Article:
Upgrading to the Addressables system
This article covers how to modify your existing project to take advantage of Addressable assets.
Outside of the Addressables system, Unity provides a few "traditional" ways to reference and load assets:
- Scene data: Assets you add directly to a Scene or to a component in a Scene, which the application loads automatically. Unity packages serialized scene data and the assets directly referenced by a scene into a single archive that it includes in your built player application. See Converting Scenes and Using Addressable assets in non-Addressable Scenes.
- Prefabs: Assets you create using GameObjects and components, and save outside a Scene. See Converting Prefabs.
- Resources folders: Assets you place in your project’s Resources folders and load using the Resources API. Unity packages assets in Resources files into a single archive that it includes in your built player application. The Resources archive is separate from the Scene data archive. See Converting Resources folders.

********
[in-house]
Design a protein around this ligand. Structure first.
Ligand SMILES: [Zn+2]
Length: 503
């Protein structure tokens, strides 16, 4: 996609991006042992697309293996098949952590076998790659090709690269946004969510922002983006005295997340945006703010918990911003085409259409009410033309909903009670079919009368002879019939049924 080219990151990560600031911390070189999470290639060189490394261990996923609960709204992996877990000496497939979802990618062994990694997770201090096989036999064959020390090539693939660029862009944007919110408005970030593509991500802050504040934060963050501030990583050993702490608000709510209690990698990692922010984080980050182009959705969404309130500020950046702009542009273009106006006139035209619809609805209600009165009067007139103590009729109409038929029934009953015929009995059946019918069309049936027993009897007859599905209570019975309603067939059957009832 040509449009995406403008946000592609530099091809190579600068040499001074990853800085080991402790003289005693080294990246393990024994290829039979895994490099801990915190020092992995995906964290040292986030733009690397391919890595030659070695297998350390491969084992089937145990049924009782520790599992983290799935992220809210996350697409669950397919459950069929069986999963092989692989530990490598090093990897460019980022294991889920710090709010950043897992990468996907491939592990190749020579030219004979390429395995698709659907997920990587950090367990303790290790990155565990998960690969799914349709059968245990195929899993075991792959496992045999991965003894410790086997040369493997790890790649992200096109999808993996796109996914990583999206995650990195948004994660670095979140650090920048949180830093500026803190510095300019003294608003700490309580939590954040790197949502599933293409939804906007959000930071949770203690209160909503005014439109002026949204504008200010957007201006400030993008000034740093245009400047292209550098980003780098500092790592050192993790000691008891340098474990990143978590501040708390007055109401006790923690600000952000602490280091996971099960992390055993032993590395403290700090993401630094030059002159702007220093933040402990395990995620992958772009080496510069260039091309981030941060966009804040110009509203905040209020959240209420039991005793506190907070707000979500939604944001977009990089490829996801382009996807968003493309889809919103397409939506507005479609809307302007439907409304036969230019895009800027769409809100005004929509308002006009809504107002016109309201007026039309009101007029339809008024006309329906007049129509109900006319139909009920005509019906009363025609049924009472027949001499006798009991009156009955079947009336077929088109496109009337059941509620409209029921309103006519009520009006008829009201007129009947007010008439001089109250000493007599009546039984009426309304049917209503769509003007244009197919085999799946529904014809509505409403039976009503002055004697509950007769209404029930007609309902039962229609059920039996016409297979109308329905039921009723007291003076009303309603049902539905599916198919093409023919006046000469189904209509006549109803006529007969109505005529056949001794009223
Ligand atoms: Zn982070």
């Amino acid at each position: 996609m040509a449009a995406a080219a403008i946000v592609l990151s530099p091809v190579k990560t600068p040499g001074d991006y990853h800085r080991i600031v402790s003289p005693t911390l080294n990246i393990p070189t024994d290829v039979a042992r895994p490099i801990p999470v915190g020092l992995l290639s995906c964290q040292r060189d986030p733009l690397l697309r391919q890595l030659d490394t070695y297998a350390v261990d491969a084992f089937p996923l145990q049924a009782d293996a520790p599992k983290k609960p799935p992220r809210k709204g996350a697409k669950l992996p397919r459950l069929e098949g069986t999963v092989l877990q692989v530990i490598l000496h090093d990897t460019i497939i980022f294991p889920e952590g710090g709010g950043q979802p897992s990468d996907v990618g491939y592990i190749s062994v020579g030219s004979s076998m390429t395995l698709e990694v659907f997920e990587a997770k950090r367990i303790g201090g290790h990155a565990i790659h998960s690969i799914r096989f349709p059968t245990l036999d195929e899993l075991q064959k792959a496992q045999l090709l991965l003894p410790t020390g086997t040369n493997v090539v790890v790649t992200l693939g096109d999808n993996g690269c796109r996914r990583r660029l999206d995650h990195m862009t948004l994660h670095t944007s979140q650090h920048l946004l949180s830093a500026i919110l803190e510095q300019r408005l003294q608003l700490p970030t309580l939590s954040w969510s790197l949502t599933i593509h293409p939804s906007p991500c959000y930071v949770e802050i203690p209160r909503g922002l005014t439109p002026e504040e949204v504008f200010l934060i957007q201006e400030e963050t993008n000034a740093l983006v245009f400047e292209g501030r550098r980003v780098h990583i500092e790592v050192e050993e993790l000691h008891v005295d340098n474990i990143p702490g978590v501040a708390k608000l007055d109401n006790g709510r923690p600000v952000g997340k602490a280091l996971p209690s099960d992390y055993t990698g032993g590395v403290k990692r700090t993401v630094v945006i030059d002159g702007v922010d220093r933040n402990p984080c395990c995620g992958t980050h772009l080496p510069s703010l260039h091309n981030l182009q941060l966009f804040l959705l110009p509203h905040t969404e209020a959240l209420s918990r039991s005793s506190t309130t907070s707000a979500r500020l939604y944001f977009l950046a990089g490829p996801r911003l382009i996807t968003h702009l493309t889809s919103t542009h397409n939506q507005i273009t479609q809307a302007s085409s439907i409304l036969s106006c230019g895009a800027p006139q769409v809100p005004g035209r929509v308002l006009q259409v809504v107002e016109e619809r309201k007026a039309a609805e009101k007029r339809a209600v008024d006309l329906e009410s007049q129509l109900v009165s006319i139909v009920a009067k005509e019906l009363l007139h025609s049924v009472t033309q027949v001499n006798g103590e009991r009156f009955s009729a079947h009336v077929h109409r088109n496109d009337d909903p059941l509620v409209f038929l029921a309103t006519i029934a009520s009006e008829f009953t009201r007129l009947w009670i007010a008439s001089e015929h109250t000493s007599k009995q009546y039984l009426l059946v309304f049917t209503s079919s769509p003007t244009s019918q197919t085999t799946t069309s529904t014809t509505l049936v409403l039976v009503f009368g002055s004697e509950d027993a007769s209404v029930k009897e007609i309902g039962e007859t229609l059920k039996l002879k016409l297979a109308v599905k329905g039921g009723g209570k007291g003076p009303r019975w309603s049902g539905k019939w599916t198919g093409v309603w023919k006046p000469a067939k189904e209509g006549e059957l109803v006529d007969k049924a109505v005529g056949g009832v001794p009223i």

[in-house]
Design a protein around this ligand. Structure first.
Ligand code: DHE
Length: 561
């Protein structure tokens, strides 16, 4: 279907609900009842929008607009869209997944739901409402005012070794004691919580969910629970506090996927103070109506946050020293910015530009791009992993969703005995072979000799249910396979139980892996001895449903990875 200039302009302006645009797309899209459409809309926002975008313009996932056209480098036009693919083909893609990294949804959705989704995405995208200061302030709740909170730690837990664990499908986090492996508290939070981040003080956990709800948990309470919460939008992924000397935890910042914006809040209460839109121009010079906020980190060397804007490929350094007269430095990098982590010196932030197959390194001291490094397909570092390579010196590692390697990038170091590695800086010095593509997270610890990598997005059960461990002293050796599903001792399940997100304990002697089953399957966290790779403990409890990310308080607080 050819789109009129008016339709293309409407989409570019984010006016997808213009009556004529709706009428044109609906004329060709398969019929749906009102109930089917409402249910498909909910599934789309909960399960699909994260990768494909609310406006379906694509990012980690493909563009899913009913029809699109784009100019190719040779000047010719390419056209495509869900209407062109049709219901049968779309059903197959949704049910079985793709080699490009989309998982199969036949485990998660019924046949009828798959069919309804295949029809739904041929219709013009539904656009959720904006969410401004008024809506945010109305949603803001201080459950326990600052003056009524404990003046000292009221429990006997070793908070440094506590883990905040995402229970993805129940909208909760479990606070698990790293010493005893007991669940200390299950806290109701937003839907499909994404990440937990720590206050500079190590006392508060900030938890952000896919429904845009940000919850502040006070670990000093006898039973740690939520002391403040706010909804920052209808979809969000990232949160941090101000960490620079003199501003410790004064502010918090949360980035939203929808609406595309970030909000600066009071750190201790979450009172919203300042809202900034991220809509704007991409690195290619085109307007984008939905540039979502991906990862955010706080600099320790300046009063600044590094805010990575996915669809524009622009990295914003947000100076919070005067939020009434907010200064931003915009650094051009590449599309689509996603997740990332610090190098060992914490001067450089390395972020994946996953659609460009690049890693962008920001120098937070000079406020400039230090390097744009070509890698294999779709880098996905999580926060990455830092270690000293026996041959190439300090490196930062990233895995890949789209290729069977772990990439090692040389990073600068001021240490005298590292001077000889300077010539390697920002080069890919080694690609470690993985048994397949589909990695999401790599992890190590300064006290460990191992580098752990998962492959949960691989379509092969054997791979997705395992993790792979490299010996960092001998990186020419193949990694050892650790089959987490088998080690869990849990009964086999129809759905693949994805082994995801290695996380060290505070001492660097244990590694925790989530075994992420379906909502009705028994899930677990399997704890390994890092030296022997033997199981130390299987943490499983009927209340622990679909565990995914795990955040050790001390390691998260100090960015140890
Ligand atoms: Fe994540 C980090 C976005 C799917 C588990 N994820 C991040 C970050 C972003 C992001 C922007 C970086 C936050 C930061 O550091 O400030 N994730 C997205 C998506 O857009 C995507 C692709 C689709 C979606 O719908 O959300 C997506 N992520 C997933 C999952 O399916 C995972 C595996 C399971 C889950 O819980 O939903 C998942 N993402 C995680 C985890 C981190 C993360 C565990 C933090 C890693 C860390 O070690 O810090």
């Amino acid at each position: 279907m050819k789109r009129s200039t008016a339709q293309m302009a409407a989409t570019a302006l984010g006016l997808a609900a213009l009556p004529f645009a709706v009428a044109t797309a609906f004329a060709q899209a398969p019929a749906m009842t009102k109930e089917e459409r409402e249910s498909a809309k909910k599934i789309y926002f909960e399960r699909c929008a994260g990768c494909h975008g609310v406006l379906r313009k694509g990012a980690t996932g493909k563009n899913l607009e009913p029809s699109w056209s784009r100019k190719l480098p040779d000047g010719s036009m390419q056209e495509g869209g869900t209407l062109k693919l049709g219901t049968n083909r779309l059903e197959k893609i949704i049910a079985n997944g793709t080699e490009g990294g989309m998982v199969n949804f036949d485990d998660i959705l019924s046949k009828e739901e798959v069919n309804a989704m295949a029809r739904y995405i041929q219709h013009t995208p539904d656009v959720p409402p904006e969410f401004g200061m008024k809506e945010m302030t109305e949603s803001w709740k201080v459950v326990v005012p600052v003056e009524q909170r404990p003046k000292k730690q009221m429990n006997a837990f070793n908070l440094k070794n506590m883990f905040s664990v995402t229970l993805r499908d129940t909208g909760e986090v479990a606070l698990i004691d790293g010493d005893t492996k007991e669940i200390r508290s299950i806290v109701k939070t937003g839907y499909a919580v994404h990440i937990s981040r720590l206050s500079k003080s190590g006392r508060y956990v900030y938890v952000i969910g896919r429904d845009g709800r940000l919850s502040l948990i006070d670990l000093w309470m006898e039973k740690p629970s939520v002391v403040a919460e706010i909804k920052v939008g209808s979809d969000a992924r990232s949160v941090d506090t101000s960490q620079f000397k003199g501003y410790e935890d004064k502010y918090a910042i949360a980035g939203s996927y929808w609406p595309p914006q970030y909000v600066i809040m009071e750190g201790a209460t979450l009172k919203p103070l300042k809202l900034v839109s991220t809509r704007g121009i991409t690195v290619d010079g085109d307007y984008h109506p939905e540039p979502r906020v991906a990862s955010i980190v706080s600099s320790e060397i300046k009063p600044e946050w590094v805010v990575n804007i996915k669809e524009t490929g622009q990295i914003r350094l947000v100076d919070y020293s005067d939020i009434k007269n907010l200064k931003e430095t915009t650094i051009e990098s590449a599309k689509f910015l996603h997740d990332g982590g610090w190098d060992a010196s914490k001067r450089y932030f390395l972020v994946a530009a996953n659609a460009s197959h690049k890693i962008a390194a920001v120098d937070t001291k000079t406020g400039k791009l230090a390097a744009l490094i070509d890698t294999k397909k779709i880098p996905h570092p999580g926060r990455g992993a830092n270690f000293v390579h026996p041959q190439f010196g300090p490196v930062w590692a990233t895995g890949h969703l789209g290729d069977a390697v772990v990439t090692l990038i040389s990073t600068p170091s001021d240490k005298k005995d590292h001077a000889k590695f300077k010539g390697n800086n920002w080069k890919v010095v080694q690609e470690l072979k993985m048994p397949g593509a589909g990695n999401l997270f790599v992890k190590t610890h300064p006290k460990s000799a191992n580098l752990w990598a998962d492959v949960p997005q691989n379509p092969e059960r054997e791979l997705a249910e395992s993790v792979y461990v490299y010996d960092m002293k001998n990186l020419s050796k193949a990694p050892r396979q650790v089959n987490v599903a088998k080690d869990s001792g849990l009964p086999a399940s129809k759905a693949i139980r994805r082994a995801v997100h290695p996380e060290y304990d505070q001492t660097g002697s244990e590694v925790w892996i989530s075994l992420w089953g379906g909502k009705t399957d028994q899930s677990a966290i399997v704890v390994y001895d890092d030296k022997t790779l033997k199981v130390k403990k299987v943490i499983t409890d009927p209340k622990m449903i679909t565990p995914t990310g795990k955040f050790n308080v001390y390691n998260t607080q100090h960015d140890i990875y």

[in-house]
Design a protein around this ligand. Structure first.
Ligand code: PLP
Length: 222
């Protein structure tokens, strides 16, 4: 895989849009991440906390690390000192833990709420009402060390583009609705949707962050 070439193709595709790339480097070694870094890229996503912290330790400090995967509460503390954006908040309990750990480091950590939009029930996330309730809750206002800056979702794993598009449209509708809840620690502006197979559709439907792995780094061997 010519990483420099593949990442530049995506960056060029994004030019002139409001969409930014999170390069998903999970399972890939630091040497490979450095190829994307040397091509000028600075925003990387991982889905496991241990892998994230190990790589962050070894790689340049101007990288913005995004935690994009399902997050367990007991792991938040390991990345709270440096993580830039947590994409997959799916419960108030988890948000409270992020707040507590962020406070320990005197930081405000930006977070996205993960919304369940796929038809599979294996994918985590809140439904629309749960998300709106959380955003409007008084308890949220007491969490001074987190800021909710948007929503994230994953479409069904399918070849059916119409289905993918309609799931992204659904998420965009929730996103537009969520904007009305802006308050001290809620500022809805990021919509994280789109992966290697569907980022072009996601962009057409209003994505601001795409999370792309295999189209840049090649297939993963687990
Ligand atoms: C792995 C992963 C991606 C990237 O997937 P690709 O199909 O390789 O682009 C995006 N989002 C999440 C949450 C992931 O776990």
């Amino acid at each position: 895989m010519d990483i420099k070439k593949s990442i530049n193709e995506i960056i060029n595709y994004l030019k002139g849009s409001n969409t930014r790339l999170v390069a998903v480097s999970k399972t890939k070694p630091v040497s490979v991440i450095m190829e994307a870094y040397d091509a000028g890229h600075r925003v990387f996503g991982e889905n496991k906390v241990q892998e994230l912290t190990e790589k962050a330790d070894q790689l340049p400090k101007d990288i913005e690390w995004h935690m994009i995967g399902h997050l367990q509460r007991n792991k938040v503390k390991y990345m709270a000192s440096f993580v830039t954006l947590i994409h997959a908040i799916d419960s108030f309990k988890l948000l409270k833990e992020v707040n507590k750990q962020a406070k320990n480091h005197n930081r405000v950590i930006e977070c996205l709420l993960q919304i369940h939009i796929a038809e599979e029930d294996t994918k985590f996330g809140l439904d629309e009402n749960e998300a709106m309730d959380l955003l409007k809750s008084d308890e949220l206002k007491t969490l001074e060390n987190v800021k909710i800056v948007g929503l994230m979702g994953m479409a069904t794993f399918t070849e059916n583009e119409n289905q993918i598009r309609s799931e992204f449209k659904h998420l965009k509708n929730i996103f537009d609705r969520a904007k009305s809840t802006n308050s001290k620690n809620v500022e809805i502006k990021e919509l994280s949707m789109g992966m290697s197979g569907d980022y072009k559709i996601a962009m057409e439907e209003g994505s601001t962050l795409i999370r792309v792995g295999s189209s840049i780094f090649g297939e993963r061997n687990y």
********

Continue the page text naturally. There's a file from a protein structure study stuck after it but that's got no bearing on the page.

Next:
- AssetBundles: Assets you package in AssetBundles and load with the AssetBundle API. See Converting AssetBundles.
- StreamingAssets: Files you place in the StreamingAssets folder. Unity includes any files in the StreamingAssets folder in your built player application as is. See Files in StreamingAssets
Converting to Addressables
Content built using Addressables only reference other assets built in that Addressables build. Content that is used or referenced to that is included within both Addressables, and the Player build through the Scene data and Resource folders is duplicated on disk and in memory if they are both loaded. Due to this limitation the recommended best practice is to convert all Scene data and Resource folders to the Addressables build system. Reducing the memory overhead due to duplication and allowing all content to be managed using Addressables. Allowing for the content to be either local or remote as well as updatable through Content Update builds.
The easiest way to integrate Addressables into a project is to move your Scenes out of the Build Settings list and make those scenes Addressable. You do need to have one Scene in the list, which is the Scene Unity loads at application startup. You can make a new Scene for this that does nothing else than load your first Addressable Scene.
To convert your Scenes:
- Make a new "initialization" Scene.
- Open the Build Settings window (menu: File > Build Settings).
- Add the initialization Scene to the Scene list.
- Remove the other Scenes from the list.
- Click on each Scene in the project list and check the Addressable option in its Inspector window. Alternatively, you can drag Scene assets to a group in the Addressables Groups window. (Don't make your new initialization Scene Addressable.)